- Email marketing can contribute to 20% of your traffic.
- Email lists should be designed for the specific needs of your audience with segregation being a significant factor.
This is one which all brands should take note of. They didn’t just market their services; they offered social proof by using a fan’s tweet and pairing it with a relevant upgrade offer.
The proof was delivered by an embedded tweet within the email. And everyone knows that social proof is highly trusted by audiences and can help you sell more in the long-term.
What can you learn from Grammarly’s email campaign?
- Social proof in your emails can help build sales.
- You need to monitor social media channels for relevant content relating to your brand.
- Integrating emails with social media can be powerful.
Most of Canva’s services are free; they only have a small percentage of paid services. While their services are good, so are their emails.
They keep information and the design minimal to keep the reader focused. It helps the subscriber to take specific actions depending on the email sent. They also include a lot of whitespaces which increases understanding by about 20%.
Finally, they send emails to users who haven’t been on for a while. This helps them bring back users and subscribers to their services.
What can you learn from Canva?
- Emails can be used to re-engage your audience.
- Emails with less content can perform better.
How Will You Improve Your Campaigns?
If you are looking to improve your business’ email campaigns, there’s no better set of teachers than these companies. The examples above are of the best campaigns that sold and raised awareness.
How will you implement their best tactics in your business? What tactics do you already use?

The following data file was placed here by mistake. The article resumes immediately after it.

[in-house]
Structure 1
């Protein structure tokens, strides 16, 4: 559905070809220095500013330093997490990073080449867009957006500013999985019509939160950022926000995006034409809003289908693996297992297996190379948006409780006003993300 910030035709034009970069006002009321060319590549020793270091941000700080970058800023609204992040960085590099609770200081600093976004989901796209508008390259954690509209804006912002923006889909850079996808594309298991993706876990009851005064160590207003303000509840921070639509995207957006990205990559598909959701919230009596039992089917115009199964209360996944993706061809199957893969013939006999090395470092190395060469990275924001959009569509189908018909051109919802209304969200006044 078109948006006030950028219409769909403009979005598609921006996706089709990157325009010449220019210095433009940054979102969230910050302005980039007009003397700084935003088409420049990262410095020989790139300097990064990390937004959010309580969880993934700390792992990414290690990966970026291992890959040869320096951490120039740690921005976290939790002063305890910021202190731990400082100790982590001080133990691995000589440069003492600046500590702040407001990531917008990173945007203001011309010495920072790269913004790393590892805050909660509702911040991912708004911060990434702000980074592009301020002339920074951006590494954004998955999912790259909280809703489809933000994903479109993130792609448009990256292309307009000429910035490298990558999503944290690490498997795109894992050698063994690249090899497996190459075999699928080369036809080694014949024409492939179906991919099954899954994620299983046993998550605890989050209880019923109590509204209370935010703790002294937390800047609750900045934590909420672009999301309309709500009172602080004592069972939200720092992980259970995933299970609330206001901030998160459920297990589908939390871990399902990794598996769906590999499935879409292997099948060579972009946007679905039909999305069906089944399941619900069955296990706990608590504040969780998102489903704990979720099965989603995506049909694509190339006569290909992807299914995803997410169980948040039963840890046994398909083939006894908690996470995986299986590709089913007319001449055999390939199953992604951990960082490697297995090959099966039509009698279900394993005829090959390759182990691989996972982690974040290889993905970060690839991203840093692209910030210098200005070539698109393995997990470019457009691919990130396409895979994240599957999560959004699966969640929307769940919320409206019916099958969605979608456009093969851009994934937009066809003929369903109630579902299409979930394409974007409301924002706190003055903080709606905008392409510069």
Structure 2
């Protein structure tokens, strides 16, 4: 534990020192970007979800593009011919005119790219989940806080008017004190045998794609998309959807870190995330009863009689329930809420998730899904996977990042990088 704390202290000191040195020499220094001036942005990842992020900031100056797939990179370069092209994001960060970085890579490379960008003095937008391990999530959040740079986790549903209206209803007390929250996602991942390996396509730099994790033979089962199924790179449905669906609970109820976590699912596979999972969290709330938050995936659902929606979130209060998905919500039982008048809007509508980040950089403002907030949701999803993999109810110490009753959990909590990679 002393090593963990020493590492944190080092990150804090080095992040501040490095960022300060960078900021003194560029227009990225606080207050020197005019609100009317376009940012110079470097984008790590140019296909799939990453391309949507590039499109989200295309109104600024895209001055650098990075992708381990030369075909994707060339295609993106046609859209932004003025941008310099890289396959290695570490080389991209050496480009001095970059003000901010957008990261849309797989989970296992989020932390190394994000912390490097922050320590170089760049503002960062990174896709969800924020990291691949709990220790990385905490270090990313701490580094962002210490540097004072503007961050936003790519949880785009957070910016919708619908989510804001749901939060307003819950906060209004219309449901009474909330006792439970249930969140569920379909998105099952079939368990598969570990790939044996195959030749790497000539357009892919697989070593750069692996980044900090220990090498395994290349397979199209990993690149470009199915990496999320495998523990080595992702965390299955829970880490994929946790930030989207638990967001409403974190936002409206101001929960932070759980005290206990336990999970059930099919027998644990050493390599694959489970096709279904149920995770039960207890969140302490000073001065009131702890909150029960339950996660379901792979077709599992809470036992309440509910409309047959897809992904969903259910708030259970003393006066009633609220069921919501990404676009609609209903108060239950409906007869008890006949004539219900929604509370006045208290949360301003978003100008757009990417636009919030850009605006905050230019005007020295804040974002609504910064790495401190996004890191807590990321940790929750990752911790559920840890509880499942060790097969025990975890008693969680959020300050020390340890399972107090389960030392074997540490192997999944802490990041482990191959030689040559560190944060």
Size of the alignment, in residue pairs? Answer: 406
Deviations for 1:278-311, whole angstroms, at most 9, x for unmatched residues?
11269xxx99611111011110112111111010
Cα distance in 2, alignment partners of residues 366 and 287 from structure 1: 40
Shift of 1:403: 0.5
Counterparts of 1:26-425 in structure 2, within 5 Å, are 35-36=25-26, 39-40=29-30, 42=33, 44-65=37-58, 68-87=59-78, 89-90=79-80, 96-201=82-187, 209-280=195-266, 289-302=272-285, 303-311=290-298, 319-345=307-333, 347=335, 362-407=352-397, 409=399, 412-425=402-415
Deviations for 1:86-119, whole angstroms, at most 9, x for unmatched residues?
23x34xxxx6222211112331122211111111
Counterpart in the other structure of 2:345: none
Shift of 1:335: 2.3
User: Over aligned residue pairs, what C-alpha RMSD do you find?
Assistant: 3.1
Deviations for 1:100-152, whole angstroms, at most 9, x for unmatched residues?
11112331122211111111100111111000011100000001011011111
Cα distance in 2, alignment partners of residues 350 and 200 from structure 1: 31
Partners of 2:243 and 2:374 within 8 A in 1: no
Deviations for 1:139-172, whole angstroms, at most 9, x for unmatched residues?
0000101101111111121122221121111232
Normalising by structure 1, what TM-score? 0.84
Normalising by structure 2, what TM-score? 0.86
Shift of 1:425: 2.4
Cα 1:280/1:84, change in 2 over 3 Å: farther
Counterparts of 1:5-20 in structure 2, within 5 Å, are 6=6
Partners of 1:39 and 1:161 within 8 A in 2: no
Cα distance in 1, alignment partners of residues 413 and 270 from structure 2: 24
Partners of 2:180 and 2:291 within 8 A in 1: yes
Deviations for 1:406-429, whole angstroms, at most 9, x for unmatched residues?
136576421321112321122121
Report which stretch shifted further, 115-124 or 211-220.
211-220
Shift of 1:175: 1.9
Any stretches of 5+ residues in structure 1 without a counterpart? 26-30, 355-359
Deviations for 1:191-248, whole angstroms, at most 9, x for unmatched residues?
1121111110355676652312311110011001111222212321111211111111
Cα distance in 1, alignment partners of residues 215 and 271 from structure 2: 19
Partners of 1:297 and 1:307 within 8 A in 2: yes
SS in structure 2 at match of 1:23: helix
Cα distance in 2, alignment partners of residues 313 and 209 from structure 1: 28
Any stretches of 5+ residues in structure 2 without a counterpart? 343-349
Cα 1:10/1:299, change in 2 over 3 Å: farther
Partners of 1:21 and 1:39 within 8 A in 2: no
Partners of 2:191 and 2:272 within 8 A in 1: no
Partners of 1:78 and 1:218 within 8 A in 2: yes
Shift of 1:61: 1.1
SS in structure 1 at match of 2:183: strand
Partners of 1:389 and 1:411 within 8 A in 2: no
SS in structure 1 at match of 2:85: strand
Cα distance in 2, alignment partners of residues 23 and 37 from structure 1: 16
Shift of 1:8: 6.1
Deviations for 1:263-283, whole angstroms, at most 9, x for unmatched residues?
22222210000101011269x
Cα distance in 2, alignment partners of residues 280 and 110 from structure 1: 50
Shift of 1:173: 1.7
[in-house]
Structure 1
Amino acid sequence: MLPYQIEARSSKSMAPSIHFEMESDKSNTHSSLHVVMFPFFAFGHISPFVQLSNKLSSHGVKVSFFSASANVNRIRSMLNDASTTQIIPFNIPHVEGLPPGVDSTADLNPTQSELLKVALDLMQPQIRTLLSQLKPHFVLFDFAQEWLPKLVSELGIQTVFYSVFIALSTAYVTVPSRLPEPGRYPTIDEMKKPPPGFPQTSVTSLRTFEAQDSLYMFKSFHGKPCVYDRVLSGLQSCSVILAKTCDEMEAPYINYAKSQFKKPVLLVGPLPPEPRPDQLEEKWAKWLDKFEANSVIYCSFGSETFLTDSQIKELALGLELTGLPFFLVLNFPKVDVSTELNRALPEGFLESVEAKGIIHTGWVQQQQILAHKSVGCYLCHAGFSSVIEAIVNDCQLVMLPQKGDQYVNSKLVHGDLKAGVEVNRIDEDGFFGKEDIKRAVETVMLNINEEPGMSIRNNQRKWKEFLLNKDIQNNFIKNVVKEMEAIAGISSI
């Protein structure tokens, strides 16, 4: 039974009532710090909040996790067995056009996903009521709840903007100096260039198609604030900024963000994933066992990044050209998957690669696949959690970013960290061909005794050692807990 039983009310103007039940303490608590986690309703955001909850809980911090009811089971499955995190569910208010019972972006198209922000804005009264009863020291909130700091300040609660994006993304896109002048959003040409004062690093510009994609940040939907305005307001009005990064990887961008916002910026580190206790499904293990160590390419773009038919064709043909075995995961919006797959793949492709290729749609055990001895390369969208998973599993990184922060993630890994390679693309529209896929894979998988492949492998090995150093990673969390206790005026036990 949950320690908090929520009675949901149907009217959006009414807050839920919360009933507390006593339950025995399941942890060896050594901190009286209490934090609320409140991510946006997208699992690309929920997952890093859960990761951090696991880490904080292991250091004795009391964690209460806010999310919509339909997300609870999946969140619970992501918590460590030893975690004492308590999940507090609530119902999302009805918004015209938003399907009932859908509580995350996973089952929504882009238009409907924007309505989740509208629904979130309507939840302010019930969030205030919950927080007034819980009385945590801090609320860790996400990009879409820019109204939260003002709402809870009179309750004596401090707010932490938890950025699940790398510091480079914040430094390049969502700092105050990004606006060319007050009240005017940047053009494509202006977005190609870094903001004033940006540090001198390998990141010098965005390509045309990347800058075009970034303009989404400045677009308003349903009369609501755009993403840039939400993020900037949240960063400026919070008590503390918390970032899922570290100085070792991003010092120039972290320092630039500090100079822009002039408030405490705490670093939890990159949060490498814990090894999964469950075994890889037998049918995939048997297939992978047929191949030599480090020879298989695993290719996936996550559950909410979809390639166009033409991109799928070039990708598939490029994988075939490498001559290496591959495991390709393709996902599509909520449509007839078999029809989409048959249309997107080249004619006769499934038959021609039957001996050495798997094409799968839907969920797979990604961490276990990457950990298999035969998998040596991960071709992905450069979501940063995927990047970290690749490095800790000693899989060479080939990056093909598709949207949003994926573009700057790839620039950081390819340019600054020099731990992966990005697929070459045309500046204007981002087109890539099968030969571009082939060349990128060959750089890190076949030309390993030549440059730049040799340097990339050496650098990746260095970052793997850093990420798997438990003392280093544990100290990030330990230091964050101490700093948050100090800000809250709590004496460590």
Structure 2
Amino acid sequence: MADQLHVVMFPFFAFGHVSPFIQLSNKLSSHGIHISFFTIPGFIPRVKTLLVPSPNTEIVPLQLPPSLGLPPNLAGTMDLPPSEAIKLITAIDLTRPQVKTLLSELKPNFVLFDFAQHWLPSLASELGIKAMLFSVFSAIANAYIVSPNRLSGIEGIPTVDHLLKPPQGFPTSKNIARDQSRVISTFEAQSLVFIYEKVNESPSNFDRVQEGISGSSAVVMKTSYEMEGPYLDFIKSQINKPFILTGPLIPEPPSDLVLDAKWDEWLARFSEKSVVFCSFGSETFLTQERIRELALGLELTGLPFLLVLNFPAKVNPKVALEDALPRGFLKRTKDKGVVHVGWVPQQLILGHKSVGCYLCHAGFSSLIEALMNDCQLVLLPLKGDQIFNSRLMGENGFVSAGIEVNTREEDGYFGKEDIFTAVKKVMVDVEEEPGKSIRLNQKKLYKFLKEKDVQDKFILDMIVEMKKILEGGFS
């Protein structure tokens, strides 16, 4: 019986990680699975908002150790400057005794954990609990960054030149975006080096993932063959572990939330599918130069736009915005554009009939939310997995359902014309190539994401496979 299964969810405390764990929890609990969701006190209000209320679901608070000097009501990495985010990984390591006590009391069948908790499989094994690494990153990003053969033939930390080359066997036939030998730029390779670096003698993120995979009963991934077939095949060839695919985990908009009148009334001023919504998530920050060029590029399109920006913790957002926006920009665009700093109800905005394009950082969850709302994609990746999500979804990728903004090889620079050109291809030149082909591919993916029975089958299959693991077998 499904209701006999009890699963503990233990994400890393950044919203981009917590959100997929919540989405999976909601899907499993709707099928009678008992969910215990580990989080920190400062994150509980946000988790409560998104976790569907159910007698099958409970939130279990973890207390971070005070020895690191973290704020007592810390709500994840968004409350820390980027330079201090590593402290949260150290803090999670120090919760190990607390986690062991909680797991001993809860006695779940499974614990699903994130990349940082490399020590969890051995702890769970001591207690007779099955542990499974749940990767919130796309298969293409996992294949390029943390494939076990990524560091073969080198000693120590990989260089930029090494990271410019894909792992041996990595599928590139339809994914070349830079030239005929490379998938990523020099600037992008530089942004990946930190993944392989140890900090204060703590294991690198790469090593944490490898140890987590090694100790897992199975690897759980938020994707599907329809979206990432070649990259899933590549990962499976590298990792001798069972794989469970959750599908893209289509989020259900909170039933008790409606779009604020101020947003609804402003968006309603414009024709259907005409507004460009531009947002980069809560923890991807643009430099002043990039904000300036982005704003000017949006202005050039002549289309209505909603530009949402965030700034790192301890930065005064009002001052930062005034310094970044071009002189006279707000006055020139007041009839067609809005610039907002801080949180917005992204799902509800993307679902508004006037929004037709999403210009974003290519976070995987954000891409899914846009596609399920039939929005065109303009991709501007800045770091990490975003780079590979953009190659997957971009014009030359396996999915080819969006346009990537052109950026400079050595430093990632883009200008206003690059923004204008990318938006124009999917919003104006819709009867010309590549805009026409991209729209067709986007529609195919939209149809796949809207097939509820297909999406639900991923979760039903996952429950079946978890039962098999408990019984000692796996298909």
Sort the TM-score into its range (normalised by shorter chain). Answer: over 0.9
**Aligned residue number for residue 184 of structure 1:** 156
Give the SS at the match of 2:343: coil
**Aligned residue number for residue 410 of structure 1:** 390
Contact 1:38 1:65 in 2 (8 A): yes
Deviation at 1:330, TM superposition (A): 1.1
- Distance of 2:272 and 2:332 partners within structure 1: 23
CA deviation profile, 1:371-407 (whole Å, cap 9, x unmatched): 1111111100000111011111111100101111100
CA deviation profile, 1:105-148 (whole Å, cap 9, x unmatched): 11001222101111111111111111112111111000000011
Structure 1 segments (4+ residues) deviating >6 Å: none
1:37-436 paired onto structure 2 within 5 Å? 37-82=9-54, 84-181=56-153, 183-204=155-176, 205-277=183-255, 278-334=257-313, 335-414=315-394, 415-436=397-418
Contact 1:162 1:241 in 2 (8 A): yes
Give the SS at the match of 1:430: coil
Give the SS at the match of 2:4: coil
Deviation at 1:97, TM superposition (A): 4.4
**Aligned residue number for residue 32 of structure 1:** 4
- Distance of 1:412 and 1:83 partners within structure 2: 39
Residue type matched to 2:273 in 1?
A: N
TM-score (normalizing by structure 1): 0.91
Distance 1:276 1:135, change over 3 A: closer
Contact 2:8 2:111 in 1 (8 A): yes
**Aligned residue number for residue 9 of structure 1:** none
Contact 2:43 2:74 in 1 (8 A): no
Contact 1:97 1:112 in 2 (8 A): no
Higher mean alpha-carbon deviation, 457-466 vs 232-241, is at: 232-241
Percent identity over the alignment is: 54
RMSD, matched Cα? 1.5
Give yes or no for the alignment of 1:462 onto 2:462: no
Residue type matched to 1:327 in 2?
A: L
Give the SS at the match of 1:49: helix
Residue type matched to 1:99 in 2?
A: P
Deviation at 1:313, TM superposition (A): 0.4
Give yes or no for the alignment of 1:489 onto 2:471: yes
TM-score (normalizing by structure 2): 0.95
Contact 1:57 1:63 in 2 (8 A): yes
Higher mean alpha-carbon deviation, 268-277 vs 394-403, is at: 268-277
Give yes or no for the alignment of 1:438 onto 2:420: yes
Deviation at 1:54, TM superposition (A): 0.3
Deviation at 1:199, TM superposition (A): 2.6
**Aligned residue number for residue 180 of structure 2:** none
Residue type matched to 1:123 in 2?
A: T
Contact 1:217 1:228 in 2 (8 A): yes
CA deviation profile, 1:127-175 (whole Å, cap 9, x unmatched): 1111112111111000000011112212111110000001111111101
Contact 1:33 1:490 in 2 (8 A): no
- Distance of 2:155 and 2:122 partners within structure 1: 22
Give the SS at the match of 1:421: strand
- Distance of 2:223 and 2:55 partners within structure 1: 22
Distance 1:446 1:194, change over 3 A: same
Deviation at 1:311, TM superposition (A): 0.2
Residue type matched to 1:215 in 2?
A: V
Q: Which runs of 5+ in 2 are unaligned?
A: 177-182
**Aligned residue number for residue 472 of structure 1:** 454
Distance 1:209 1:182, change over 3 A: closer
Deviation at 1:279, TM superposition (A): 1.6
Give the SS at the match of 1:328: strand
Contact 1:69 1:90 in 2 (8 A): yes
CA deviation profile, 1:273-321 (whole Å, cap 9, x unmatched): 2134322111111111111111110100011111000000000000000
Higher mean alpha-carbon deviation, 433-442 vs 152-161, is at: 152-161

Let us know in the comments below.
Designing your marketing emails is completely different to designing a website or leaflet for direct mail. Subscribers and audiences react differently to your emails than they do to any other form of content. Get your layout wrong, and your campaign could be completely disregarded.
How Is Email Design Different?
Firstly, subscribers tend to open email campaigns in three stages: envelope, content and landing page. If you fail to optimise your subject line, pre-header text or sender information, then your audience could be dissuaded from opening your email in the first place. To get people to continue reading your email, you will need to design the content so it matches any promises made in the pre-header text. Your landing page will also need to build on those promises as well.
Secondly, you could struggle with the difficulties associated with coding. There are no standards for email coding between inbox providers. As there are ever more inbox providers, there are numerous codes to consider and therefore, getting your emails to display as you intended on all inboxes can be problematic.
Finally, the growth of mobile devices has made it more challenging for businesses to produce email designs that perform well on all devices. Emails are being opened on mobile devices more often than on desktop devices, so a mobile responsive design should be a priority.